“The level of aggression suffered by the trade union movement in Colombia is alarming” | International

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A nurse participates in a health workers union protest in Bogotá in May.IVAN VALENCIA

Colombia is a dangerous country to defend rights. It is the deadliest for environmentalists, for social leaders and also for trade unionists, who in 2021 returned to red figures. From January to November 2021, at least 100 were victims of an attack, 14 were murdered and many others reported attacks or arbitrary arrests. “The government has not acted to stop these crimes, in the last year workers who were threatened and did not receive protection have had to go into exile,” says Marcio Monzane, regional secretary of the UNI Global Union federation, which brings together 20 million workers in 150 countries, and who will be part of the electoral observation mission in the legislative elections on March 13.

The violence suffered by union leaders in Colombia is not new, but the level of aggression that the movement is experiencing “is alarming”, says Monzane. One of the latest victims was Robinson Jiménez, president of the Santander Drillers Association and contractor employee of the state-owned Ecopetrol. Jiménez was shot as he was leaving a work shift last October and died after a month under medical observation. The attack that cost him his life occurred after a day of protest, in which trade unionists and workers demonstrated against Ecopetrol for its attempts at "disguised privatization and job insecurity," according to the Workers' Union (USO).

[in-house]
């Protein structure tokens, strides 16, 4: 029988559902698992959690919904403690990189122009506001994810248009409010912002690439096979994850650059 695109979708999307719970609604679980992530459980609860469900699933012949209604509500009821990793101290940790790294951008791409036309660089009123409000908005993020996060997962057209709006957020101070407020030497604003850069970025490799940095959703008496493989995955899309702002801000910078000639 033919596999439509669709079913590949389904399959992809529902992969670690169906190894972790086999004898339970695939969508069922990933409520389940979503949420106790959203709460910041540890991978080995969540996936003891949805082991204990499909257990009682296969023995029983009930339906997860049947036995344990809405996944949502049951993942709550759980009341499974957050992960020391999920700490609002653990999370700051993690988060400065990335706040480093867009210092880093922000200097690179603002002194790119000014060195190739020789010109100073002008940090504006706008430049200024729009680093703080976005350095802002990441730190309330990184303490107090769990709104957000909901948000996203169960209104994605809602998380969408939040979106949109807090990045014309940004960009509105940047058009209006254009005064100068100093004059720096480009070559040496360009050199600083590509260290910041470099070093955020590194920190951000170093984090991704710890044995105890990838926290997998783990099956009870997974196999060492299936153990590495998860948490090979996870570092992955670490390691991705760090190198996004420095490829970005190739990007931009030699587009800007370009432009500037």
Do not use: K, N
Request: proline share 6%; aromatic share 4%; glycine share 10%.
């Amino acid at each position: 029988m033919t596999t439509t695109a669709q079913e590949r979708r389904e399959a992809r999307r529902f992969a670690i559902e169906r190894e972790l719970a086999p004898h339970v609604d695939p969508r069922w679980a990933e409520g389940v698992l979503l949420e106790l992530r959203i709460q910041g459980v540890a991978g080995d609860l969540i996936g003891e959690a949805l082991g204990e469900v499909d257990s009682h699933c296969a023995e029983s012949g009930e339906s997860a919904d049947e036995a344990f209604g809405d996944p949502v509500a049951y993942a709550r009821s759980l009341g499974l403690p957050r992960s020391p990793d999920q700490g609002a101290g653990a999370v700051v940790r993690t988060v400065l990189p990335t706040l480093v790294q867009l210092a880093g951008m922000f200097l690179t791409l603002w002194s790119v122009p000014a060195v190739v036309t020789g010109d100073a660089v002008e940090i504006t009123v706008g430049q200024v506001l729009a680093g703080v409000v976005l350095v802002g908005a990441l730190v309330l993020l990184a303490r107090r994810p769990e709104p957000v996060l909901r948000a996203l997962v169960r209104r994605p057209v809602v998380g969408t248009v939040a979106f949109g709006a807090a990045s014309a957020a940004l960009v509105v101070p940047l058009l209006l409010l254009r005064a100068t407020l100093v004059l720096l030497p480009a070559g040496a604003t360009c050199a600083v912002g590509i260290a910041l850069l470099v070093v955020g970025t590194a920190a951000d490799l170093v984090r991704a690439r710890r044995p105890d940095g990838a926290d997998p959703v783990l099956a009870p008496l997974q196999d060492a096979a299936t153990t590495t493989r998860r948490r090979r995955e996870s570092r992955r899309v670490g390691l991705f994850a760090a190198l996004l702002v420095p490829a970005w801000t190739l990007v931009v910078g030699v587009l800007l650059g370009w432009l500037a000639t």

"The violence [contra líderes sociales y sindicales], in contrast to what happened in the same period of the 2017 pre-election calendar, is worrying. This time there are at least 400 attacks and 81 murders,” says Monzane, citing figures from the Electoral Observation Mission (MOE). “In the first ten months of the pre-election calendar there was a 3.8% increase in murders compared to 2017. In the case of attacks it was 55%, which shows that the lethality of the attacks against the different leaderships of the country has intensified”, the MOE pointed out in a report last January.

Anti-union violence against women has been another complaint by the workers' unions. In 2021, two teachers affiliated with teachers' unions were murdered and union leaders such as Martha Alfonso and María Eugenia Londoño, both from the Colombian Federation of Educators (FECODE), have reported threats and harassment. According to the National Trade Union School, Sinderh, from 1971 to 2021, there were 3,295 homicides, 434 attacks, 253 forced disappearances, 7,624 death threats and 1,952 forced displacements. “Colombia, ahead of Brazil or Guatemala, is the worst country to be a trade unionist. There is a great concern about security and the risks, which increase in the elections”, says Monzane. A commission of trade unionists from several countries, convened by UNI Global, has requested to be part of the observation mission in Colombia and verify the development of the elections next March, on a day about which they have already warned of risks. The MOE confirmed that ten candidates for Congress have been victims of violence and four presidential candidates have suffered some type of aggression. "Given the increase in violence, it is worrying what may arise in the following months, if effective measures are not adopted for its attention," said the organization, which points to the paramilitary band Águilas Negras as the main threat during electoral times. The candidates who have been victims of violence were declared by that group as a military objective for "trying to promote a leftist policy."

“If the government treats and recognizes human rights defenders and leaders as the social actors they are, the violence decreases, but we see that they are singled out and from the business sectors trade unionists are treated as terrorists or guerrillas. Saying that in the Colombian context is quite dangerous,” says Monzane.

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